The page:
- The Washington Times - Tuesday, December 10, 2002

The Supreme Court yesterday refused to consider lawyers' claims that the federal government must pay them for continued representation of state death row inmates as they appeal for a governor's clemency.
Without comment the justices followed Solicitor General Theodore Olson's advice to reject a petition seeking payment for Texas lawyers who represented three executed killers. The court requested Mr. Olson's opinion.
Mr. Olson said accepting lawyers' claims that state clemency hearings or state trials were included in a 1998 law that funds defense attorneys for state prisoners "in every criminal action punishable by death" would pose "a significant risk of federal intrusion into and interference with the state judicial process."
University of California law professor Charles Weisselberg said Congress intended to assure condemned prisoners had attorneys until the end, and those appointed to such cases in Texas often work alone for little money.
"Congress made clear that people sentenced to death should not be abandoned by their lawyer as an execution date nears," Mr. Weisselberg of Boalt Hall Death Penalty Clinic said in a brief for the Texas lawyers. "Clemency is a critical part of our criminal justice system, and is particularly vital when the state seeks to take a human life."
Attorneys Philip Alan Wishkaemper and Gary A. Taylor were appointed to represent Odell Barnes Jr. for a federal habeas corpus appeal they carried all the way to the U.S. Supreme Court.
After that process, the lawyers started new appeals and sought clemency from then-Gov. George W. Bush for Barnes. Payments of more than $17,600 were approved. When partial repayment was demanded, the lawyers began the case that led to yesterday's decision.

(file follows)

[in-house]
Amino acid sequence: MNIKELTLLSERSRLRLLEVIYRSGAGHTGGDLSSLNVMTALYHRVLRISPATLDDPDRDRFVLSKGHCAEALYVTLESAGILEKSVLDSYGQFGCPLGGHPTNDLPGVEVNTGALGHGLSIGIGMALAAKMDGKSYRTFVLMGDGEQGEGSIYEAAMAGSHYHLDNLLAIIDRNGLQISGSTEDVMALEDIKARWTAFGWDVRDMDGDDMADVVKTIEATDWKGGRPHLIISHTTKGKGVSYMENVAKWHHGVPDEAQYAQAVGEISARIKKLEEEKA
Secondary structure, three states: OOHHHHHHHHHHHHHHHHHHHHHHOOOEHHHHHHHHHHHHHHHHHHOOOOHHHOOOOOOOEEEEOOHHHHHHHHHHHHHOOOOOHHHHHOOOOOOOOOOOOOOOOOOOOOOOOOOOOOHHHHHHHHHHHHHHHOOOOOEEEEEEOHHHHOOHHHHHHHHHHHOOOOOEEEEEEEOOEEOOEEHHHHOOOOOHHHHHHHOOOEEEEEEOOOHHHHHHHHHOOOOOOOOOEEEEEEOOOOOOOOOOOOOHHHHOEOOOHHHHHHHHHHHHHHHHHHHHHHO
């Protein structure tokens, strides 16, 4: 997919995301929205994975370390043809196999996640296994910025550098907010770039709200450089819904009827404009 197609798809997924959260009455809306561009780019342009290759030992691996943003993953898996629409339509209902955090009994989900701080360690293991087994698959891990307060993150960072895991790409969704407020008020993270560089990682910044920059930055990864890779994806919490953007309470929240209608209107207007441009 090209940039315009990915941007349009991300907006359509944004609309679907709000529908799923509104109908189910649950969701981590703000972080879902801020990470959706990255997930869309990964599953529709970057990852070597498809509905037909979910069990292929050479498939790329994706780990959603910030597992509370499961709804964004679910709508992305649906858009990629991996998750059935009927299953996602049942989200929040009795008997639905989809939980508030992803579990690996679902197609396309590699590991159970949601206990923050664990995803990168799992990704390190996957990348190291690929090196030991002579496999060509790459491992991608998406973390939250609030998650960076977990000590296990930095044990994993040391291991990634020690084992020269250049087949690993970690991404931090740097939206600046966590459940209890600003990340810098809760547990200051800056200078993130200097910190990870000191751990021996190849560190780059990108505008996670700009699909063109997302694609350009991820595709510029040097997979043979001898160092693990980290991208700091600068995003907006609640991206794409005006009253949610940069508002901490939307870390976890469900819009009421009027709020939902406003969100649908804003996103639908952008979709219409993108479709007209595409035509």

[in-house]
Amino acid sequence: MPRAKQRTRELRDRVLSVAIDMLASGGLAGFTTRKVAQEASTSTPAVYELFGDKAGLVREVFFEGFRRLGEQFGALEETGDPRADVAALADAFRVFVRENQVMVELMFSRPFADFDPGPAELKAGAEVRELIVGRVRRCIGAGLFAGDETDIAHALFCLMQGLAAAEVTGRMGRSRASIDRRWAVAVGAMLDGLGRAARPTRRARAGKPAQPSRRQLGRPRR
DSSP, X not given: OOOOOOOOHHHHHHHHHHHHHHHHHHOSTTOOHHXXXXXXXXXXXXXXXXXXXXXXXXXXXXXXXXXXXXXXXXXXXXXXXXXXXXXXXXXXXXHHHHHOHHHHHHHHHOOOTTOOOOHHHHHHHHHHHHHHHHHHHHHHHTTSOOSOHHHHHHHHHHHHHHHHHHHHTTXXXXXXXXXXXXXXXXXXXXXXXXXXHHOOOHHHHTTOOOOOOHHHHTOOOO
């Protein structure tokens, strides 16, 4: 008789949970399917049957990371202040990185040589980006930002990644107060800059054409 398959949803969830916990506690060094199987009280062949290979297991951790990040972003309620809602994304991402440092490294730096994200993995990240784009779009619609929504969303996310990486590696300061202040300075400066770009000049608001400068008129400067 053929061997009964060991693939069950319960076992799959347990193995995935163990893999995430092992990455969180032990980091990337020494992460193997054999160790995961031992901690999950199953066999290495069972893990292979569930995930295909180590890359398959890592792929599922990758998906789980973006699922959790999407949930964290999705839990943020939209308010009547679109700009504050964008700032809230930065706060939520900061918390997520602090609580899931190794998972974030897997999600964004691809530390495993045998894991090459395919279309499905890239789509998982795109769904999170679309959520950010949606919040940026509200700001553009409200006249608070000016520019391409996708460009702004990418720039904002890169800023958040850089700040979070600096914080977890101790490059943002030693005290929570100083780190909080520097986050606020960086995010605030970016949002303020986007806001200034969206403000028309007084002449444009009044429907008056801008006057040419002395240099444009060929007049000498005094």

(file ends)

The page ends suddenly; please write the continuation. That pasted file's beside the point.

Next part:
"One lawyer said he had to take out a loan to pay it back. These are not extraordinarily rich people," Mr. Weisselberg said in an interview.
He said salaried federal defenders often do the identical work for which appointed defenders are denied payment. "Many private lawyers also typically just go ahead and do the work anyway even though they know they won't get paid," he said.
Barnes, 31, was executed March 1, 2000, for shooting Helen Bass of Wichita Falls, Texas, during a 1989 burglary with her own pistol, newly purchased for self-defense. Protests to his execution generated an international outpouring, including a plea to spare his life by French President Jacques Chirac.
The legal work also involved Juan Soria, executed in 2000 for kidnapping and stabbing to death a 17-year-old swimmer, and Jack W. Clark, who died last year, for abducting, raping, and fatally stabbing a 23-year-old woman.
In presenting the Bush administration views invited by the court, Mr. Olson ridiculed the argument that Congress intended to fund such work in state courts or pleas for clemency, and said the law applied only to federal proceedings.
"Petitioners' broad reading [of the defender law] would mean that Congress, with no discussion, has for the first time ever authorized the federal courts to appoint and the federal government to fund counsel to pursue state remedies in state clemency proceedings," Mr. Olson told the court.
In other actions yesterday the justices:
Refused to enter Dr. Richard Borgner's free-speech challenge to advertising disclaimers that Florida requires of dentists advertising their specialty.
Justices Clarence Thomas and Ruth Bader Ginsburg joined in dissenting from the refusal, saying the court should clarify state regulation of advertising by lawyers and doctors. In this case, Dr. Borgner was required to say the academy that certified his training in implant dentistry was not a "bona fide" organization according to the Florida Dental Board.
Refused to consider Republican Senate candidate Douglas Forrester's challenge of New Jersey's decision to allow the replacement of Sen. Robert G. Torricelli on the November ballot with former Sen. Frank R. Lautenberg, who ultimately won the election. Mr. Forrester claimed the federal Constitution was violated when Mr. Torricelli dropped out of the race after polls showed him losing ground to Mr. Forrester, who made Mr. Torricelli's ethics problems the focus of his campaign.

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